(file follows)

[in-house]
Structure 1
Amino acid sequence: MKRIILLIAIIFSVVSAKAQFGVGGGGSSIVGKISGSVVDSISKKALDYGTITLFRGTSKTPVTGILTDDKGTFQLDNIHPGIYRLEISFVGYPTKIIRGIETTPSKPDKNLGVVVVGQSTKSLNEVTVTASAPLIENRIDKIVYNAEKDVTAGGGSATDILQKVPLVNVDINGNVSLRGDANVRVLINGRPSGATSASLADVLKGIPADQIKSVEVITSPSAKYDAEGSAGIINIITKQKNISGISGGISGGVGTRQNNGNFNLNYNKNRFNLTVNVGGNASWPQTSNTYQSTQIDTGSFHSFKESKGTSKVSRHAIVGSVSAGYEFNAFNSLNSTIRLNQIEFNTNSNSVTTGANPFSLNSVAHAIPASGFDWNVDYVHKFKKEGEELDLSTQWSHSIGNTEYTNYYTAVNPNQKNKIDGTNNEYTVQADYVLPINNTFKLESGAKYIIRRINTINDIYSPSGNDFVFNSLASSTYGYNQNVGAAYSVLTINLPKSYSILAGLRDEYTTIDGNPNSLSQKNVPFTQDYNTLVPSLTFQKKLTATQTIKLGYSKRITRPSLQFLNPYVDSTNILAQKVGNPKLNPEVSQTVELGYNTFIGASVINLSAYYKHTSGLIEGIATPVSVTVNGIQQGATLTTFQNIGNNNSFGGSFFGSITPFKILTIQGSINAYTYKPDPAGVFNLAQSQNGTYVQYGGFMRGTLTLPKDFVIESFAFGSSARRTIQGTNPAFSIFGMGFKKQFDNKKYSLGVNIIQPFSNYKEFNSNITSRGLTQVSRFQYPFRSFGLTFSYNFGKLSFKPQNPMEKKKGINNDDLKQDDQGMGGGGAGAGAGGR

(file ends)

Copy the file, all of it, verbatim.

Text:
[in-house]
Structure 1
Amino acid sequence: MKRIILLIAIIFSVVSAKAQFGVGGGGSSIVGKISGSVVDSISKKALDYGTITLFRGTSKTPVTGILTDDKGTFQLDNIHPGIYRLEISFVGYPTKIIRGIETTPSKPDKNLGVVVVGQSTKSLNEVTVTASAPLIENRIDKIVYNAEKDVTAGGGSATDILQKVPLVNVDINGNVSLRGDANVRVLINGRPSGATSASLADVLKGIPADQIKSVEVITSPSAKYDAEGSAGIINIITKQKNISGISGGISGGVGTRQNNGNFNLNYNKNRFNLTVNVGGNASWPQTSNTYQSTQIDTGSFHSFKESKGTSKVSRHAIVGSVSAGYEFNAFNSLNSTIRLNQIEFNTNSNSVTTGANPFSLNSVAHAIPASGFDWNVDYVHKFKKEGEELDLSTQWSHSIGNTEYTNYYTAVNPNQKNKIDGTNNEYTVQADYVLPINNTFKLESGAKYIIRRINTINDIYSPSGNDFVFNSLASSTYGYNQNVGAAYSVLTINLPKSYSILAGLRDEYTTIDGNPNSLSQKNVPFTQDYNTLVPSLTFQKKLTATQTIKLGYSKRITRPSLQFLNPYVDSTNILAQKVGNPKLNPEVSQTVELGYNTFIGASVINLSAYYKHTSGLIEGIATPVSVTVNGIQQGATLTTFQNIGNNNSFGGSFFGSITPFKILTIQGSINAYTYKPDPAGVFNLAQSQNGTYVQYGGFMRGTLTLPKDFVIESFAFGSSARRTIQGTNPAFSIFGMGFKKQFDNKKYSLGVNIIQPFSNYKEFNSNITSRGLTQVSRFQYPFRSFGLTFSYNFGKLSFKPQNPMEKKKGINNDDLKQDDQGMGGGGAGAGAGGR